Successful therapy is thought to involve the activation of these pathological patterns, together with exposure to corrective information and new experiences that induce dissonance. Consistent with dynamic systems principles, this disturbance challenges patients to develop new cognitive-affective-behavioral-somatic patterns rather than assimilate new information into old patterns. Destabilization of pathological patterns can facilitate new learning, a shift in meaning and affective response, and an integration of cognitive and affective experiences, often called emotional processing (Greenberg, 2002; Foa et al., 2006). This therapeutic processing involves approaching previously avoided or difficult experiences without becoming immersed in rumination, worry, venting, and other repetitive and unproductive forms of processing (Watkins, 2008). Emotional processing (also called cognitive-emotional processing) has been proposed by researchers across theoretical orientations to be a common mechanism of change, with applications across a range of treatments and clinical disorders (Foa and Kozak, 1986; Greenberg, 2002; Whelton, 2004; Foa et al., 2006; Carey, 2011; McCarthy et al., 2013; Hayes et al., 2014). Emotional processing is likely to be apparent at points of destabilization and system transition, as we have found in the treatment of depression with an exposure-based cognitive therapy (Hayes et al., 2007a; Holtforth et al., 2012).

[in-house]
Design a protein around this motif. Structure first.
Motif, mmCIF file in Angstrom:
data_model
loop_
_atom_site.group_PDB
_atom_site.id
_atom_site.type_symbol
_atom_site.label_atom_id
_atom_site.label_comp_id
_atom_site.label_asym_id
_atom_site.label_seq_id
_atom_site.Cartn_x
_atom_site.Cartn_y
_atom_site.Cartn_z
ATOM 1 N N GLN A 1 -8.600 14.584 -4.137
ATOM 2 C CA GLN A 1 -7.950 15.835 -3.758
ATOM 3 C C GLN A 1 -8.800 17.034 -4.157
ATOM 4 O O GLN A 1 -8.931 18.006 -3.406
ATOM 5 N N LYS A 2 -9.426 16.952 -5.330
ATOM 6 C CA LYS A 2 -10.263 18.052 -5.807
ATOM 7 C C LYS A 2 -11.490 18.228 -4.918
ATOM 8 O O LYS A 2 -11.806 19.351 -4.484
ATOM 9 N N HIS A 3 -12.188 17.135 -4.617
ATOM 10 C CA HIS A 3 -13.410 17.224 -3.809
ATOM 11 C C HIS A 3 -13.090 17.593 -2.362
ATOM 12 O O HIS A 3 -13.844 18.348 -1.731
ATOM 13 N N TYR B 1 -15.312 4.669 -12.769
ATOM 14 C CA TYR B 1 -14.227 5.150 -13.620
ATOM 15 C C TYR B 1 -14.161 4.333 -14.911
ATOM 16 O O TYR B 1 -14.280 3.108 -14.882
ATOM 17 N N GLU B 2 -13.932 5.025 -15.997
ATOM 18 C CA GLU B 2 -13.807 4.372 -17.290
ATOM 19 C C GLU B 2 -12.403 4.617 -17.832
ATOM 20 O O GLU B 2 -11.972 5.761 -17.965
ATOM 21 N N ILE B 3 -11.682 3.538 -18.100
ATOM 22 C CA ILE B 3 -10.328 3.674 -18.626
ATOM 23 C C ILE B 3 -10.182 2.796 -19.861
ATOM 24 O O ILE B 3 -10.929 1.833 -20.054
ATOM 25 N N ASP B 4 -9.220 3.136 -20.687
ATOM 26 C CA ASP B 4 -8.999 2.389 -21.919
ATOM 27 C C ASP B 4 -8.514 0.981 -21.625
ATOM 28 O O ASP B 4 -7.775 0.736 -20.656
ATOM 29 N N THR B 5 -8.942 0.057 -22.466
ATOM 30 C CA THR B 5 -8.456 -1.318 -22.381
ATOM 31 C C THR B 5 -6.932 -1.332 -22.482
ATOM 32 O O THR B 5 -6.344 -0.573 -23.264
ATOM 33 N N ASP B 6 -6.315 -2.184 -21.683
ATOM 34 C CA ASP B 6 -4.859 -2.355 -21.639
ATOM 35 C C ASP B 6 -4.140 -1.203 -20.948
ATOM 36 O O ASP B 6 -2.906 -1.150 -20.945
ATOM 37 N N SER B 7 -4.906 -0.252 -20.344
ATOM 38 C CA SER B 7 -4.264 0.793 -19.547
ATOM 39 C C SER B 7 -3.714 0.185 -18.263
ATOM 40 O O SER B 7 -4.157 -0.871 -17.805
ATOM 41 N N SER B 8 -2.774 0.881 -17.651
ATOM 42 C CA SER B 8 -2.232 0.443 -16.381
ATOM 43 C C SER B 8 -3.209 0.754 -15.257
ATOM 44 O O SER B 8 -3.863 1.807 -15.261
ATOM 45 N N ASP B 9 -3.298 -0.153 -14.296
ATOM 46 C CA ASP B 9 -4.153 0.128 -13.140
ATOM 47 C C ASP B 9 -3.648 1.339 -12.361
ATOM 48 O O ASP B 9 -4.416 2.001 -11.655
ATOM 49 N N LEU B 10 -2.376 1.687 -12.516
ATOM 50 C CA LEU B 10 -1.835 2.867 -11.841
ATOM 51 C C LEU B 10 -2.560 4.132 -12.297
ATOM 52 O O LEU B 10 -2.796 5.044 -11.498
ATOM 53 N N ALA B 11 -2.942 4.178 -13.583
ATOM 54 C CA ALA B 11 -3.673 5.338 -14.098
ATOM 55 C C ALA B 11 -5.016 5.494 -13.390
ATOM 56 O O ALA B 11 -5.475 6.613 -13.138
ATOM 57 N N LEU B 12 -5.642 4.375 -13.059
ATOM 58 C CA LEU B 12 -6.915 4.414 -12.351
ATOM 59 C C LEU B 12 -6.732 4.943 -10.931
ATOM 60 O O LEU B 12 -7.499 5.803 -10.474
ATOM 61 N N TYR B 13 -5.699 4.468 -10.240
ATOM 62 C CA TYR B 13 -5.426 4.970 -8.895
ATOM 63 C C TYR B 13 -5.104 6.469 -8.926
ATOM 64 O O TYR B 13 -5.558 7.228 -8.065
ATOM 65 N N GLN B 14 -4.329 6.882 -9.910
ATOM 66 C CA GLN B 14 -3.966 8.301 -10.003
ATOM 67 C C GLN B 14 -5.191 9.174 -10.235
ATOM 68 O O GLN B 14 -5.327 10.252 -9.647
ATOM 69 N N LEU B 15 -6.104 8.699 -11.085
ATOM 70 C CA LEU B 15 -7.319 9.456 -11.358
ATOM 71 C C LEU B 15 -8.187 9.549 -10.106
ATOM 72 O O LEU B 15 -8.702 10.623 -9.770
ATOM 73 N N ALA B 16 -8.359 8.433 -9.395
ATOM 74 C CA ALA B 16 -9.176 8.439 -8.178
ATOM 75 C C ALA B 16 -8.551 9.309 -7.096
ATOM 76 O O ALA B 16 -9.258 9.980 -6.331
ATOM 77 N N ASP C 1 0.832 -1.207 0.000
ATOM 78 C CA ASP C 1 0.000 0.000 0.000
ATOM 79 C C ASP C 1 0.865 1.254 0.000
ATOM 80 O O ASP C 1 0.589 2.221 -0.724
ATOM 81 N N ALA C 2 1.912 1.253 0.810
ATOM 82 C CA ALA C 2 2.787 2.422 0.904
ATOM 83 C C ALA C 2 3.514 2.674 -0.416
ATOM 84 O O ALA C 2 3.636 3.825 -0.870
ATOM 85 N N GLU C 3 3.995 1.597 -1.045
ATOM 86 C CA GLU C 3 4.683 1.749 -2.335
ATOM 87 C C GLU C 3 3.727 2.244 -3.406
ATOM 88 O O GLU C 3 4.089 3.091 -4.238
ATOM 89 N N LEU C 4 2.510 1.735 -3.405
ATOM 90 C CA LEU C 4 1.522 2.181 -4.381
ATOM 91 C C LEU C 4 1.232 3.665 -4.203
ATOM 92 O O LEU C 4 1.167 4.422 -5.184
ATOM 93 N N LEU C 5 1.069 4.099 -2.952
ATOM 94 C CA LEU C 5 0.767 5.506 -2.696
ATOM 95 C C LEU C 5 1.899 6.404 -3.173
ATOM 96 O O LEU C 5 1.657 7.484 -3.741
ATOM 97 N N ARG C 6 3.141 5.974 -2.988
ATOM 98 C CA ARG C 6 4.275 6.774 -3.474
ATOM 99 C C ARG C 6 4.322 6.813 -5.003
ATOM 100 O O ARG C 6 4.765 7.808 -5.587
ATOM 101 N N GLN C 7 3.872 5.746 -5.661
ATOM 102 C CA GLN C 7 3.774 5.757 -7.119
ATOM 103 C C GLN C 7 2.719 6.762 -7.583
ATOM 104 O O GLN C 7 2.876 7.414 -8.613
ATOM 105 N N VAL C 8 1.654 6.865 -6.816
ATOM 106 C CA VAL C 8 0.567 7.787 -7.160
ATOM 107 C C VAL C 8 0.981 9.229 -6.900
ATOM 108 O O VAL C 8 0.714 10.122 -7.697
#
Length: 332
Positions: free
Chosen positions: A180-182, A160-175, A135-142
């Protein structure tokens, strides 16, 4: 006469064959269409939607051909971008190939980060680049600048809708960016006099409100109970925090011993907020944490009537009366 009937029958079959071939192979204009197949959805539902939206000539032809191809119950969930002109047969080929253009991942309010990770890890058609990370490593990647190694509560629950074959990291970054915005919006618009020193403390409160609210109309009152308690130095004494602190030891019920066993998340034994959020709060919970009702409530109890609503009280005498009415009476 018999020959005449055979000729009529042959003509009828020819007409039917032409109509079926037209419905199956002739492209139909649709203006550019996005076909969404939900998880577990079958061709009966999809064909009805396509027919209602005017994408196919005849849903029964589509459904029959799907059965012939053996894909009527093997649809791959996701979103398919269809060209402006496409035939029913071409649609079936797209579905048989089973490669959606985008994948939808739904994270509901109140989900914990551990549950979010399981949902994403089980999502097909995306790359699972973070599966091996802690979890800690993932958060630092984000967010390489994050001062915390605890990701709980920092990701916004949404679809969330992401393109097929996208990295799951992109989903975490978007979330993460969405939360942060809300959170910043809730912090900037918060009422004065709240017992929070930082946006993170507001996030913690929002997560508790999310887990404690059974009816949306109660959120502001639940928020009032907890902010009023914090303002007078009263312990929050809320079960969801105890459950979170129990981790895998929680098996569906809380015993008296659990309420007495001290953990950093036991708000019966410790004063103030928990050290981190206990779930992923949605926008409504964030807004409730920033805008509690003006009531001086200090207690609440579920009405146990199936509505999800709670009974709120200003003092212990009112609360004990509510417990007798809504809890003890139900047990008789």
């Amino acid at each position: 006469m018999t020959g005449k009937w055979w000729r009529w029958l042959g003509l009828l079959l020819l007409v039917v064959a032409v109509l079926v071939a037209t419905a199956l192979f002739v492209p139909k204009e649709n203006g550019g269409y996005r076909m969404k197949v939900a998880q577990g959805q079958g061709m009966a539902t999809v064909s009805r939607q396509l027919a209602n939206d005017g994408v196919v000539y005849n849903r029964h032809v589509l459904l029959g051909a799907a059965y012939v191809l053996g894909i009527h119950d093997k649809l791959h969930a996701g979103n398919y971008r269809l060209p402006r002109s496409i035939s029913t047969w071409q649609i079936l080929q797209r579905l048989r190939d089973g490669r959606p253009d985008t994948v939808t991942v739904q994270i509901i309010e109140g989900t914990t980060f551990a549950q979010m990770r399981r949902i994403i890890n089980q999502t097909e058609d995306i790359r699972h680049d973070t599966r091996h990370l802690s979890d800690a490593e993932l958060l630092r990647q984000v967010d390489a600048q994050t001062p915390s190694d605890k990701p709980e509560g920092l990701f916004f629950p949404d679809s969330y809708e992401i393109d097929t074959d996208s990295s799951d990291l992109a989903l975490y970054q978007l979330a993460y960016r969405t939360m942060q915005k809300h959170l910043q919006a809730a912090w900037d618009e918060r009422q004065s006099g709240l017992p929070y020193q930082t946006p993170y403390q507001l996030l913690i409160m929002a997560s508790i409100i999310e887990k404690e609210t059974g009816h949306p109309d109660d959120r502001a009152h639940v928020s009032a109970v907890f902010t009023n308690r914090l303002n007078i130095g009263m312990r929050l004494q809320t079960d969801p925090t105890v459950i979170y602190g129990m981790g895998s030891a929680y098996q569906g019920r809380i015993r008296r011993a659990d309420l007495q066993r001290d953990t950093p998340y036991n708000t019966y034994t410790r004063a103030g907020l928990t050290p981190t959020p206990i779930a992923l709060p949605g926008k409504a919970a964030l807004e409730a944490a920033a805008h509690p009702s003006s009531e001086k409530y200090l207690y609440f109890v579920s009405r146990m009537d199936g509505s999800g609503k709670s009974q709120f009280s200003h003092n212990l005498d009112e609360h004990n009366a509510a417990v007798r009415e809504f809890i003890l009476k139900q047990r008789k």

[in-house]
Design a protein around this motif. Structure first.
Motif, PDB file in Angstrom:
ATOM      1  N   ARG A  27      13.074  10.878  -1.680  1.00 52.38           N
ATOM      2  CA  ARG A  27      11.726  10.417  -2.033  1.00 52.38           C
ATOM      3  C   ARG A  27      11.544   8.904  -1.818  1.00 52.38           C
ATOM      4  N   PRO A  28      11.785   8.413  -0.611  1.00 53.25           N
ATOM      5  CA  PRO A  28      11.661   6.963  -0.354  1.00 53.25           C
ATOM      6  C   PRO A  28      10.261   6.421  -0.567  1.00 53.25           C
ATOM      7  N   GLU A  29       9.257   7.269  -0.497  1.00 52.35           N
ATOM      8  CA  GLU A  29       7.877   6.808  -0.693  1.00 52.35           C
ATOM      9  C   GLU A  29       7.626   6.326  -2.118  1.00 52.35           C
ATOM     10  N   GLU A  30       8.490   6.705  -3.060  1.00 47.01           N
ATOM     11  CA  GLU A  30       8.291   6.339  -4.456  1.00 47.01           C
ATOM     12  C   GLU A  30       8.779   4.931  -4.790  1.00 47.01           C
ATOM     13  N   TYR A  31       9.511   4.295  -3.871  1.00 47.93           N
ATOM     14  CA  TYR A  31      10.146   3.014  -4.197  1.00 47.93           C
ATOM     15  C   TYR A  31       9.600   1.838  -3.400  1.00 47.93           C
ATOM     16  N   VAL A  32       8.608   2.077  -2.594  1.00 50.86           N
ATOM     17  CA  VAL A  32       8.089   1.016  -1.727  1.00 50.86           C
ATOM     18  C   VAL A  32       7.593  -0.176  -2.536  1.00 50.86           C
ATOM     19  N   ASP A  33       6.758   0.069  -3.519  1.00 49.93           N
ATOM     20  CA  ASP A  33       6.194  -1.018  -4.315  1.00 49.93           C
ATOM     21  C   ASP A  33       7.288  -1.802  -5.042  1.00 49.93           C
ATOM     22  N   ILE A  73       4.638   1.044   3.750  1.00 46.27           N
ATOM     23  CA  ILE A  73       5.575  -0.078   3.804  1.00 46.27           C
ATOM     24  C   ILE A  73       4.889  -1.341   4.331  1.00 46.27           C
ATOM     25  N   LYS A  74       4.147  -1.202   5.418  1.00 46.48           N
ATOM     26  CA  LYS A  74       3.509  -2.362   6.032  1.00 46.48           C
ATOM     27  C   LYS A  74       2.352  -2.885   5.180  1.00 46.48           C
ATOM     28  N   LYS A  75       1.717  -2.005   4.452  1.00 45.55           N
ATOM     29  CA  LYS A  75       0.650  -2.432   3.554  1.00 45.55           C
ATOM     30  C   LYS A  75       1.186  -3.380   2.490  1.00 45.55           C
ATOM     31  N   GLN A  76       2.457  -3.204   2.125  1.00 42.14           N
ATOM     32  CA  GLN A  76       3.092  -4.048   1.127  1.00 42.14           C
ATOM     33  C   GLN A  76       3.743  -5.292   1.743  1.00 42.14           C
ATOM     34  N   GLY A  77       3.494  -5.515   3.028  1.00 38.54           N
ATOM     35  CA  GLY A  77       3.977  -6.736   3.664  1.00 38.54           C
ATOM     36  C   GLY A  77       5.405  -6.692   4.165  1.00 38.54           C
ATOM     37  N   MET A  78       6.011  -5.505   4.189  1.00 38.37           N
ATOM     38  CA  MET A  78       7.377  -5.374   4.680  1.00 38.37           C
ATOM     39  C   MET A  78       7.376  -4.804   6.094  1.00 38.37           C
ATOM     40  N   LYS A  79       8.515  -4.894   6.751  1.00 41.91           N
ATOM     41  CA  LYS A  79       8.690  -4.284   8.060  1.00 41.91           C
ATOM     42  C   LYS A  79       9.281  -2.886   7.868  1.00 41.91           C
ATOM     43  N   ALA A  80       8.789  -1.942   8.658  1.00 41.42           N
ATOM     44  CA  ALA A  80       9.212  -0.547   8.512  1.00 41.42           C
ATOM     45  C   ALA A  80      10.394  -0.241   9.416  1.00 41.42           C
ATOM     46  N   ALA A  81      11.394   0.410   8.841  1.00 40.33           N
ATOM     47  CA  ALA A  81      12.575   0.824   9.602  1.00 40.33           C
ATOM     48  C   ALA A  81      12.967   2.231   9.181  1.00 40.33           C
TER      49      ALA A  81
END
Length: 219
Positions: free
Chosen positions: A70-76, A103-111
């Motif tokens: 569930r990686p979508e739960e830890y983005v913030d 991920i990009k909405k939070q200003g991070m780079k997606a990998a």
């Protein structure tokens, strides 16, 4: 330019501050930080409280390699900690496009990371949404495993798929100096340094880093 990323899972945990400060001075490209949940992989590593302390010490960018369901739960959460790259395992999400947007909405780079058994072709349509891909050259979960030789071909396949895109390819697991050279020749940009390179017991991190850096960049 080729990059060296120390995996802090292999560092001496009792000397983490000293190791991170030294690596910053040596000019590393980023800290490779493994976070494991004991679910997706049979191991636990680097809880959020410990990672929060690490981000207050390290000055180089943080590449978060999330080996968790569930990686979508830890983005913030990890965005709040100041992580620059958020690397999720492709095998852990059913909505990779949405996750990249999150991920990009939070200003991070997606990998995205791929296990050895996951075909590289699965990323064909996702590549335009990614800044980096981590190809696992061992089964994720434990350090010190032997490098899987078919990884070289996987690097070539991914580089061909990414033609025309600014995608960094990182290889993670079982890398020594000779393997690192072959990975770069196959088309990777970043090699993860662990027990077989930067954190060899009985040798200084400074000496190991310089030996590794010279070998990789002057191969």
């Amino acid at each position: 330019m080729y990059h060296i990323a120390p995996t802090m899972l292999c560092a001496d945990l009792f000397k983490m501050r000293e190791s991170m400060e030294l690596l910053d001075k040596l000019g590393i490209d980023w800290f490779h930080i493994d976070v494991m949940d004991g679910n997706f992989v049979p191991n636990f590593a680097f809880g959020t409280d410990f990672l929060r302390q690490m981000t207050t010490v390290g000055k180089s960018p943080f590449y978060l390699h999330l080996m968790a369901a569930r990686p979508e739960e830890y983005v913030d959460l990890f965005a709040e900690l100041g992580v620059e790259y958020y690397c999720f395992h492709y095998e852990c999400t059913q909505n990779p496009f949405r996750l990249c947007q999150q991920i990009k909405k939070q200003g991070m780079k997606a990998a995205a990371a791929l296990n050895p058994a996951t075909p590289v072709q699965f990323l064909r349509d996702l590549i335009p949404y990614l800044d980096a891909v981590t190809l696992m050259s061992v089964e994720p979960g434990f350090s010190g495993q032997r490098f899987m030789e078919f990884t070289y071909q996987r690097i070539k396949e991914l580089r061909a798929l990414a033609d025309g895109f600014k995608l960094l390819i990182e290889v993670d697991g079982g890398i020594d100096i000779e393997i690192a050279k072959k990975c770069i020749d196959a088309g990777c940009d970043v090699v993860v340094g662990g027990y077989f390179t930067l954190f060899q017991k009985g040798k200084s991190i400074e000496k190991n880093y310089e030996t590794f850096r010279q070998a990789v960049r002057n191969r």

Recent developments in human and animal learning theory also highlight the importance of developing and strengthening new associative networks and patterns, which can function like new attractors and compete with pathological patterns to reduce the risk of relapse (Bouton, 2002; Foa et al., 2006; Craske et al., 2008; Schiller et al., 2008; Schiepek et al., 2015). Depression researchers similarly have begun to emphasize not only destabilizing depressive patterns, but also generating and consolidating new, more positive and adaptive patterns (Dunn, 2012; Carl et al., 2013). For instance, Dozois et al. (2009) highlight that patients treated with cognitive therapy (combined with pharmacotherapy) showed both a decrease in the interconnectivity of negative interpersonal schemata and an increase in interconnectivity of positive interpersonal schemata. In contrast, those who received pharmacotherapy alone did not show such changes in connectivity. These authors suggest that the development of what can be conceptualized as a new attractor might account in part for the prophylactic effects of cognitive therapy. In a small sample patients who received exposure therapy for obsessive-compulsive disorder, Schiepek et al. (2013) also demonstrated that new patterns and qualitative shifts in functioning occurred during periods of increased disturbance, and further that these new patterns were associated with therapeutic changes in patterns of neuronal activation. In short, therapeutic change is likely to involve disrupting old, well-worn patterns and developing new, more adaptive configurations of cognition, emotions, behaviors, and somatic functioning that, with repetition across contexts, evolve into new attractors.

Rigidity, Flexibility, and Change in Personality Disorders